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Cats used to be characterized as independent animals

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Cats used to be characterized as independent animals  [#permalink]

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New post 25 Apr 2017, 07:52
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Cats used to be characterized as independent animals who do not need contact with other animals or humans. Dogs, on the other hand, previously were thought of as animals who are devoted to other animals and humans. When experiments on feline and canine behavior are examined, however, what was thought of as unstereotypical behavior proves to be instances of stereotypical behavior of all animals, including humans.

Which one of the following is a flaw in the argument?

(A) The claim that what stereotypical behavior used to be believed to be is not actually relevant.
(B) No evidence is provided to show that animals ever act in stereotyped ways more than unstereotyped ways, or vice versa.
(C) The argument relies on two different uses of the term “stereotypical."
(D) The argument assumes that some stereotyped behavior is unique to all animals.
(E) The argument does not mention specific human behavior.

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Re: Cats used to be characterized as independent animals  [#permalink]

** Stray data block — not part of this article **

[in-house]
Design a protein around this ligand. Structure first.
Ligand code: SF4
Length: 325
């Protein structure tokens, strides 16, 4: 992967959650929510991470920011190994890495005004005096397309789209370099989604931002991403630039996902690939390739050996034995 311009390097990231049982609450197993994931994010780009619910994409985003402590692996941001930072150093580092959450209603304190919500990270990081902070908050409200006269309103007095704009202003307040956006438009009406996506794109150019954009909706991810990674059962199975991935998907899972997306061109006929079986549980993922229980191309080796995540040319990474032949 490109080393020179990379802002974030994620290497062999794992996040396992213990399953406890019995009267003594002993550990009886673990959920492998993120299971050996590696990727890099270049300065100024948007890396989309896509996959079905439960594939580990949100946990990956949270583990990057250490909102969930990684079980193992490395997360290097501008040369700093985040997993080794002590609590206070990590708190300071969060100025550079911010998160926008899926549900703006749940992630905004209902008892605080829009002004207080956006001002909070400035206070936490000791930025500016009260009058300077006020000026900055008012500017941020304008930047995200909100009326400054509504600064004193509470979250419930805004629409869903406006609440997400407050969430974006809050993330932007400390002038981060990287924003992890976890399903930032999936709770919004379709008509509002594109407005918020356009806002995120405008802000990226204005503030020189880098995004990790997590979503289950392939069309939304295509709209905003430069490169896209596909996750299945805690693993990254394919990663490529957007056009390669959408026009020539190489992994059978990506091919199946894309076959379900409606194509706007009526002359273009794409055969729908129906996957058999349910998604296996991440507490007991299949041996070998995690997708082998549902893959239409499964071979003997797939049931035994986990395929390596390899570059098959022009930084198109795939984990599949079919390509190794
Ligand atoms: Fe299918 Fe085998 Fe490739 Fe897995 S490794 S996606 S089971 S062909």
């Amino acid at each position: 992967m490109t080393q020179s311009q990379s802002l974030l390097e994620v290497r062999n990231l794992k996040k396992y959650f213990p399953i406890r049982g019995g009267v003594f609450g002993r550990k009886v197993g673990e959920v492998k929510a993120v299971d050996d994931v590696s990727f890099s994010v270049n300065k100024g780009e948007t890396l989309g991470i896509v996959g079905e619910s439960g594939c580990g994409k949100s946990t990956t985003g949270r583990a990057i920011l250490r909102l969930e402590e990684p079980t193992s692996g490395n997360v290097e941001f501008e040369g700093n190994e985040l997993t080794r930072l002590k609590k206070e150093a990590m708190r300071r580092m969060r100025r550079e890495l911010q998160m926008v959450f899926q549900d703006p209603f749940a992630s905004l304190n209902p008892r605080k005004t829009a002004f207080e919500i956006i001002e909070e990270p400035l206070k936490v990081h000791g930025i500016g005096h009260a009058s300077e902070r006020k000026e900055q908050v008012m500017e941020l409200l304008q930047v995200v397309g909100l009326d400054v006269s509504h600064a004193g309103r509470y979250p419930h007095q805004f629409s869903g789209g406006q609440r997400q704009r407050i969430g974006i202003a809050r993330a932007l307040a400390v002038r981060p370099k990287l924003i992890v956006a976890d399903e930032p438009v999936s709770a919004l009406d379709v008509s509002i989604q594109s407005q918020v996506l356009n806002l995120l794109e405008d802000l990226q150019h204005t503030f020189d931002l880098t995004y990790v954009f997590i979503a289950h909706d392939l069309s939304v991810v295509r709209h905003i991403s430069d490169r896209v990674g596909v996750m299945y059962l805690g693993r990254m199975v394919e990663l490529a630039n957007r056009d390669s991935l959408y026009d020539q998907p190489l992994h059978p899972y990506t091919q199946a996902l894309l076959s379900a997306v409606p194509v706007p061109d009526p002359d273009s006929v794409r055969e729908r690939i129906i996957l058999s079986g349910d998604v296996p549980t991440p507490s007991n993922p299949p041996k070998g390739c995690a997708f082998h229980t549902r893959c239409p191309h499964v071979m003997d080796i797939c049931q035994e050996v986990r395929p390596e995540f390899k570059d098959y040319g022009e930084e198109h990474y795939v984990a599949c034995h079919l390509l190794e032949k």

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New post 30 Apr 2017, 20:17
Cats used to be characterized as independent animals who do not need contact with other animals or humans. Dogs, on the other hand, previously were thought of as animals who are devoted to other animals and humans. When experiments on feline and canine behavior are examined, however, what was thought of as unstereotypical behavior proves to be instances of stereotypical behavior of all animals, including humans.

Which one of the following is a flaw in the argument?

(A) The claim that what stereotypical behavior used to be believed to be is not actually relevant.
(B) No evidence is provided to show that animals ever act in stereotyped ways more than unstereotyped ways, or vice versa.
(C) The argument relies on two different uses of the term ???stereotypical."
(D) The argument assumes that some stereotyped behavior is unique to all animals.
(E) The argument does not mention specific human behavior
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Re: Cats used to be characterized as independent animals  [#permalink]